Get The Low-Down On A QA1 C10 Suspension Upgrade

As “traditional” muscle car projects get more and more scarce, many enthusiasts have finally begun to look at other, non-traditional platforms to build hot rods. Take for instance the C10 Chevy truck. There is no denying that this once utilitarian mode of conveyance is taking the automotive hobby by storm. Aftermarket parts suppliers are scrambling to develop new products to fit this blossoming interest, and one of those companies is QA1.

I’ve done a handful of upgrades to the ’79 Cheyenne that I use as my daily driver, but one area I have not tackled – yet, is a suspension upgrade. I’m quite analytical about any choices I make, always over-thinking whether or not I should do something. If I do have an interest in diving head first into anything, like you guys, I make sure to do my research beforehand. In that regard, I reached out to Dave Kass, marketing manager at QA1 to get some answers.

C10 suspension

The QA1 coilover conversion for the front of ’63 to ’87 C10 trucks can definitely give your hauler better handling characteristics.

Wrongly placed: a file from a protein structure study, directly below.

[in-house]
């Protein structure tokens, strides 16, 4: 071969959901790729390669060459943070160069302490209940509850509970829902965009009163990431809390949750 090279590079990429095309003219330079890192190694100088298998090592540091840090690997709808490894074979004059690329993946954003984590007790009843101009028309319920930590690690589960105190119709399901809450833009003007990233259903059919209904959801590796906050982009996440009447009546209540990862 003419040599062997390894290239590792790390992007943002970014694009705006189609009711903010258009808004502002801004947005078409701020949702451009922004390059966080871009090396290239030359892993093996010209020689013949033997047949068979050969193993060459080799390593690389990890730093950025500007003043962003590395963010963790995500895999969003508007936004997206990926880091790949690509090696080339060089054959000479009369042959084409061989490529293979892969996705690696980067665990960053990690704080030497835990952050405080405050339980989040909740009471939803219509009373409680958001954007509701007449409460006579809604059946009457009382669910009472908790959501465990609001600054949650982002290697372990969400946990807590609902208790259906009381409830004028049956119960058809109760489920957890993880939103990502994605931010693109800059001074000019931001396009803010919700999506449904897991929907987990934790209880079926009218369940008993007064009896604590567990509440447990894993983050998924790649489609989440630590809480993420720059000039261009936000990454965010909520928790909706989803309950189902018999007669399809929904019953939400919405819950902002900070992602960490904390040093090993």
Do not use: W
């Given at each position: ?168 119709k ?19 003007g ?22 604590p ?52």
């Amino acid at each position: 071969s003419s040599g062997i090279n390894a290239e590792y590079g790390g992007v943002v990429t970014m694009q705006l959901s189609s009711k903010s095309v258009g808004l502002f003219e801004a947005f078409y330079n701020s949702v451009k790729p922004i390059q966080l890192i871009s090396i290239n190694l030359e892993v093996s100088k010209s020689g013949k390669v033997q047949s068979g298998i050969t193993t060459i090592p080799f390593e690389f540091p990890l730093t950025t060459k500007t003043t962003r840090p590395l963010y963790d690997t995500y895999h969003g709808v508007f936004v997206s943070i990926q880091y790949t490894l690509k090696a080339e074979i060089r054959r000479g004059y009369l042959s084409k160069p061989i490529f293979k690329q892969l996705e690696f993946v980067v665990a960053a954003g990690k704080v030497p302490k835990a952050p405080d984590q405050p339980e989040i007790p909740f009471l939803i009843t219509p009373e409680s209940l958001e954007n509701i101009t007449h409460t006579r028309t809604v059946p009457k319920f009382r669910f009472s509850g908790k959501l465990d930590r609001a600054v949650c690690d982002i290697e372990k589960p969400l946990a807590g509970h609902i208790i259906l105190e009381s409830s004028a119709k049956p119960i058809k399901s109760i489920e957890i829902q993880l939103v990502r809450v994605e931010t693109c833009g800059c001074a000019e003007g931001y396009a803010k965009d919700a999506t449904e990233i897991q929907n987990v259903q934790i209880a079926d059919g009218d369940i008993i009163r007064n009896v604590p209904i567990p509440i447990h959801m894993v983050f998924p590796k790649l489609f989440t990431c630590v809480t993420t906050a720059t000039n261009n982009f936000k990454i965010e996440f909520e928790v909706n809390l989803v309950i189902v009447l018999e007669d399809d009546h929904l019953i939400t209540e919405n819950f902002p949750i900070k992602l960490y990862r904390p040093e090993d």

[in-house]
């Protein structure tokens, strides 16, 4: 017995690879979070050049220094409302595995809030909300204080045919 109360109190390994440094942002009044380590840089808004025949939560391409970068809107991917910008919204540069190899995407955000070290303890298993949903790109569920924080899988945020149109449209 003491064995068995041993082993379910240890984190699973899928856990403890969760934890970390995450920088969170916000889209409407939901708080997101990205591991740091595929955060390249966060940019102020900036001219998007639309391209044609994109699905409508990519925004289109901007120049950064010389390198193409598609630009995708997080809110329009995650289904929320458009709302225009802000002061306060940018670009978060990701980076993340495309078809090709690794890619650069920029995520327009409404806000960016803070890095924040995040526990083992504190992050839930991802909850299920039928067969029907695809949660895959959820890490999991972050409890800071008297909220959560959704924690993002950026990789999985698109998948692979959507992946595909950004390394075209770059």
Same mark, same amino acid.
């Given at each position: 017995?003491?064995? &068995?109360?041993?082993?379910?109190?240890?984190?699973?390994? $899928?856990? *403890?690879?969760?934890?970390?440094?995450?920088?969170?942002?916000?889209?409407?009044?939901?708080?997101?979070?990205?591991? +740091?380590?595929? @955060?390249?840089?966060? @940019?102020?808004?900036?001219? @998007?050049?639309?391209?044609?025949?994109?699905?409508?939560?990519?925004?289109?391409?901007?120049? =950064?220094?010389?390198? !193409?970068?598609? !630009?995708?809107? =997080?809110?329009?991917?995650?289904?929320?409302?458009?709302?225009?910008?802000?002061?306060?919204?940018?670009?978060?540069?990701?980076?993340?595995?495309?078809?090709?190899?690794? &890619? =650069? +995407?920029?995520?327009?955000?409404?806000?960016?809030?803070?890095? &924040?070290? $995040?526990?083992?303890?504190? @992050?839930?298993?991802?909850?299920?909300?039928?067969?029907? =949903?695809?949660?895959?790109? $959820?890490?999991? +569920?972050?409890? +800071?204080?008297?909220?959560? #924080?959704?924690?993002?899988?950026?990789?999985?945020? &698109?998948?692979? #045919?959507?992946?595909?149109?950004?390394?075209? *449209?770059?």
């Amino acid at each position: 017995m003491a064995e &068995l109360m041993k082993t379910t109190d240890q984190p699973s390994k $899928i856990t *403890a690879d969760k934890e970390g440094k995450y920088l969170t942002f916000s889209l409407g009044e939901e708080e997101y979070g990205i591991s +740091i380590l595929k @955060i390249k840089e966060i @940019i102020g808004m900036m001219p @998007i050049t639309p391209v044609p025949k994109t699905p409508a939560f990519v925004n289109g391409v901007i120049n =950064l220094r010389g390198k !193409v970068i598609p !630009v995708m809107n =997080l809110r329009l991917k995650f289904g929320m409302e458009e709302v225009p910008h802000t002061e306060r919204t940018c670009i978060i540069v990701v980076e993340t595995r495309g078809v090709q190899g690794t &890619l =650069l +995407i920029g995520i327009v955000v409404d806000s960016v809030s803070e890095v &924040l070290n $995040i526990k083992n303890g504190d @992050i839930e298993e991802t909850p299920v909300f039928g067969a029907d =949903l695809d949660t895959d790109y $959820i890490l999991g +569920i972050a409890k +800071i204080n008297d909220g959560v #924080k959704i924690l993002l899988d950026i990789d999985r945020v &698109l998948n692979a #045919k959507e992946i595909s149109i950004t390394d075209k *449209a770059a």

The first question I could think of is, why do this? How would my truck benefit by upgrading the suspension? Let’s face it, C10 trucks have a fairly modern independent suspension system for trucks of their era. In fact, the basic A-arm design is still used in the upgraded suspension parts, so, what’s the benefit? The first thing I could think of was ride quality. As delivered from the factory, the C10 trucks sit fairly high and have what could be described as a somewhat spongy suspension. With that said, I realized coupling a set of springs that offer a lower ride height and good ride quality along with performance shock absorbers is an easy upgrade that can provide better-than-stock results. But, would installing a complete coilover suspension – a more involved install – offer even more benefits?